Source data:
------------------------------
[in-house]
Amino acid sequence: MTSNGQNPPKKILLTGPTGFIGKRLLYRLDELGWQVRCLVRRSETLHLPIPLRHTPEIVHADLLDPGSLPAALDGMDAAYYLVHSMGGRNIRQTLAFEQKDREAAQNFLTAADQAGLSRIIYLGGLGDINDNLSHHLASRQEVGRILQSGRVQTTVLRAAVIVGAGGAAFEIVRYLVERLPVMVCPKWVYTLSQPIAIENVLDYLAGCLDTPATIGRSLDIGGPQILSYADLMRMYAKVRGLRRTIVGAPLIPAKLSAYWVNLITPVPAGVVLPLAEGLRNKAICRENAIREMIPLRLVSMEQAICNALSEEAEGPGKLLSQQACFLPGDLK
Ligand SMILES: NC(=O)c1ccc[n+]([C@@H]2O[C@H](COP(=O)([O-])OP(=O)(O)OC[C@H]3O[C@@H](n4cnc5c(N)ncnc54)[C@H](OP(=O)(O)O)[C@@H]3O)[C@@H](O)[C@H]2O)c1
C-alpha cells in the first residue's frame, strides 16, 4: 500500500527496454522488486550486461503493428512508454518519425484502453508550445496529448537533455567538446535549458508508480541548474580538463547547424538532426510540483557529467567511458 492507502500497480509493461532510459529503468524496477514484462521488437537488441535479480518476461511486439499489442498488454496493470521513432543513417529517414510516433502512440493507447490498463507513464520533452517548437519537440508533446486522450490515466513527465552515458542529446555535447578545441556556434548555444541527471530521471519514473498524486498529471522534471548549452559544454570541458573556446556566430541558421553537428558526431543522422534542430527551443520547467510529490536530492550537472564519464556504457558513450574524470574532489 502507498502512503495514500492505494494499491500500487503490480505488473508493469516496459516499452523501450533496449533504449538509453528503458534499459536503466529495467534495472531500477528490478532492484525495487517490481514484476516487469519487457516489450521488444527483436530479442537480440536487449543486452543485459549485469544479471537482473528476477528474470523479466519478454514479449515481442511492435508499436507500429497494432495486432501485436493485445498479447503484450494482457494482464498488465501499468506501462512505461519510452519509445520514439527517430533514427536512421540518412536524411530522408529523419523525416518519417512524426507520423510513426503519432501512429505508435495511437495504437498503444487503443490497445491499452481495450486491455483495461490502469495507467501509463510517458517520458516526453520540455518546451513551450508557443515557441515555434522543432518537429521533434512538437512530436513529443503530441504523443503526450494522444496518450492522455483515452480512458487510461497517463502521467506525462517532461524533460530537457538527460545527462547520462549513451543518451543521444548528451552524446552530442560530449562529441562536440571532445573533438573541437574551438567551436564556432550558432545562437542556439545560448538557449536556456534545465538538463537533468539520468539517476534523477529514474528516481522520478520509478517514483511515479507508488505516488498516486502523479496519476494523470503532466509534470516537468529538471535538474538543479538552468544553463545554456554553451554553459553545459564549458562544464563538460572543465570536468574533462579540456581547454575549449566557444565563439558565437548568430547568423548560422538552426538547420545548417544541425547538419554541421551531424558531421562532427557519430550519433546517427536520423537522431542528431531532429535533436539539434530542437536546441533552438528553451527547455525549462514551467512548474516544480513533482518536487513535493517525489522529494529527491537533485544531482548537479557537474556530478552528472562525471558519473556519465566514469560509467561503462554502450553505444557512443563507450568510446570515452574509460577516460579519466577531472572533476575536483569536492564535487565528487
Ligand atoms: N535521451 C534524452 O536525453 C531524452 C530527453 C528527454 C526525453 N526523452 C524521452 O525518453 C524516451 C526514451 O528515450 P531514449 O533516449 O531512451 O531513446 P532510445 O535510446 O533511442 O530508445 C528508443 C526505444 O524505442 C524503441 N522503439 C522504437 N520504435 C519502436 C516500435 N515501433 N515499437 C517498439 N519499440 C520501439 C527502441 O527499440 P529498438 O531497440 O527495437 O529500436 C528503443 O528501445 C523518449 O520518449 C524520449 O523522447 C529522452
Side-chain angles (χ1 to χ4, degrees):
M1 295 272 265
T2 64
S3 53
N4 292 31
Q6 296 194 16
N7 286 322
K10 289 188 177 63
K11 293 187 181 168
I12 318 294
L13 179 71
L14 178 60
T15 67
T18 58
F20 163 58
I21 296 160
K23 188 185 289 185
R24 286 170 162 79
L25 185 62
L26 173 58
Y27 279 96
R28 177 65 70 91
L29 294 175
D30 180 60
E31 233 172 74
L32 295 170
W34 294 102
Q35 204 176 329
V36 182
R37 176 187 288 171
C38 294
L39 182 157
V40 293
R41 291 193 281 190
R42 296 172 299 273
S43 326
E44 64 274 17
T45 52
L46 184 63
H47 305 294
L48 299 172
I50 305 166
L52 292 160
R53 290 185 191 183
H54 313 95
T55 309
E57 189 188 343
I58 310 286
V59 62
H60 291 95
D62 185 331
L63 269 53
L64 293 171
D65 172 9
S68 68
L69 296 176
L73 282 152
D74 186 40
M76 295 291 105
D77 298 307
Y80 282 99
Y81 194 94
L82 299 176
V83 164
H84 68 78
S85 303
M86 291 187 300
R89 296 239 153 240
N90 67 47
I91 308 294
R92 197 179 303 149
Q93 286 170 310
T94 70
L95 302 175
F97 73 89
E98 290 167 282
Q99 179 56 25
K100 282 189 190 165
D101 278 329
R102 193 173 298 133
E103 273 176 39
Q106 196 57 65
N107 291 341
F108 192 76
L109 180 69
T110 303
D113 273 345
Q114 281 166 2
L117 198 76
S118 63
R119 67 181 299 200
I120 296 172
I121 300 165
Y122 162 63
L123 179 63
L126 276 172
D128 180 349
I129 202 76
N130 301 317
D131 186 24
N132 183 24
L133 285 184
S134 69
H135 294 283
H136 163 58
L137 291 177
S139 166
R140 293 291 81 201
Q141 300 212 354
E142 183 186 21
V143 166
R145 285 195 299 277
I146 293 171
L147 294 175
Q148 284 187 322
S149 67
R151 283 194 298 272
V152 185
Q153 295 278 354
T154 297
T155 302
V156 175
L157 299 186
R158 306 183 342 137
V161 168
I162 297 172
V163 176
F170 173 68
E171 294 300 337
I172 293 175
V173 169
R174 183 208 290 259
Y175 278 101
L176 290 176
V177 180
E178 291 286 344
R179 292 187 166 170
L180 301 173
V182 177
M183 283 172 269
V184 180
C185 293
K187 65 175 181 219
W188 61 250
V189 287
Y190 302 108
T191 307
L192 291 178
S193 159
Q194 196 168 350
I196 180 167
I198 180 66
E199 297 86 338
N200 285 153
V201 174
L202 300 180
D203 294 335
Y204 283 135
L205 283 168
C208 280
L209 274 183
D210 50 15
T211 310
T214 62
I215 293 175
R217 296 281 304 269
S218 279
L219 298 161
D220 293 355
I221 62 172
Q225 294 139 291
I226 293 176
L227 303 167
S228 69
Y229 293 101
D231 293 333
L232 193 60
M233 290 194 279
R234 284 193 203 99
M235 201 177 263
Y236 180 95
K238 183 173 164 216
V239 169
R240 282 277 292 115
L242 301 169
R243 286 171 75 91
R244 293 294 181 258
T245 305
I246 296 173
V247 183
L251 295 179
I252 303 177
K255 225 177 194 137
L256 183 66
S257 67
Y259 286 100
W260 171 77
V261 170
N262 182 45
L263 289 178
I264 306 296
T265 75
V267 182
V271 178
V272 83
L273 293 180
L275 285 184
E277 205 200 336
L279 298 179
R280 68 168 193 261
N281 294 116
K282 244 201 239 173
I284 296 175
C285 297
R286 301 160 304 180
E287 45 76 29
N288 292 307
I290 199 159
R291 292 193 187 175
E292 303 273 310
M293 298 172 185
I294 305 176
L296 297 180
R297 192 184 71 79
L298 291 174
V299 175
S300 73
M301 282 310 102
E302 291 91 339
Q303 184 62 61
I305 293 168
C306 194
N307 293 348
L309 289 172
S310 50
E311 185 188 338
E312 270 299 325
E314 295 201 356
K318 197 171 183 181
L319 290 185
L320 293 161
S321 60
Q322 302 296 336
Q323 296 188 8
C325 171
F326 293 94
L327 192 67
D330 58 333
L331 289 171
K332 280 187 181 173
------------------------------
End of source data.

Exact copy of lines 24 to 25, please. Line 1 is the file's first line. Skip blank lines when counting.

L25 185 62
L26 173 58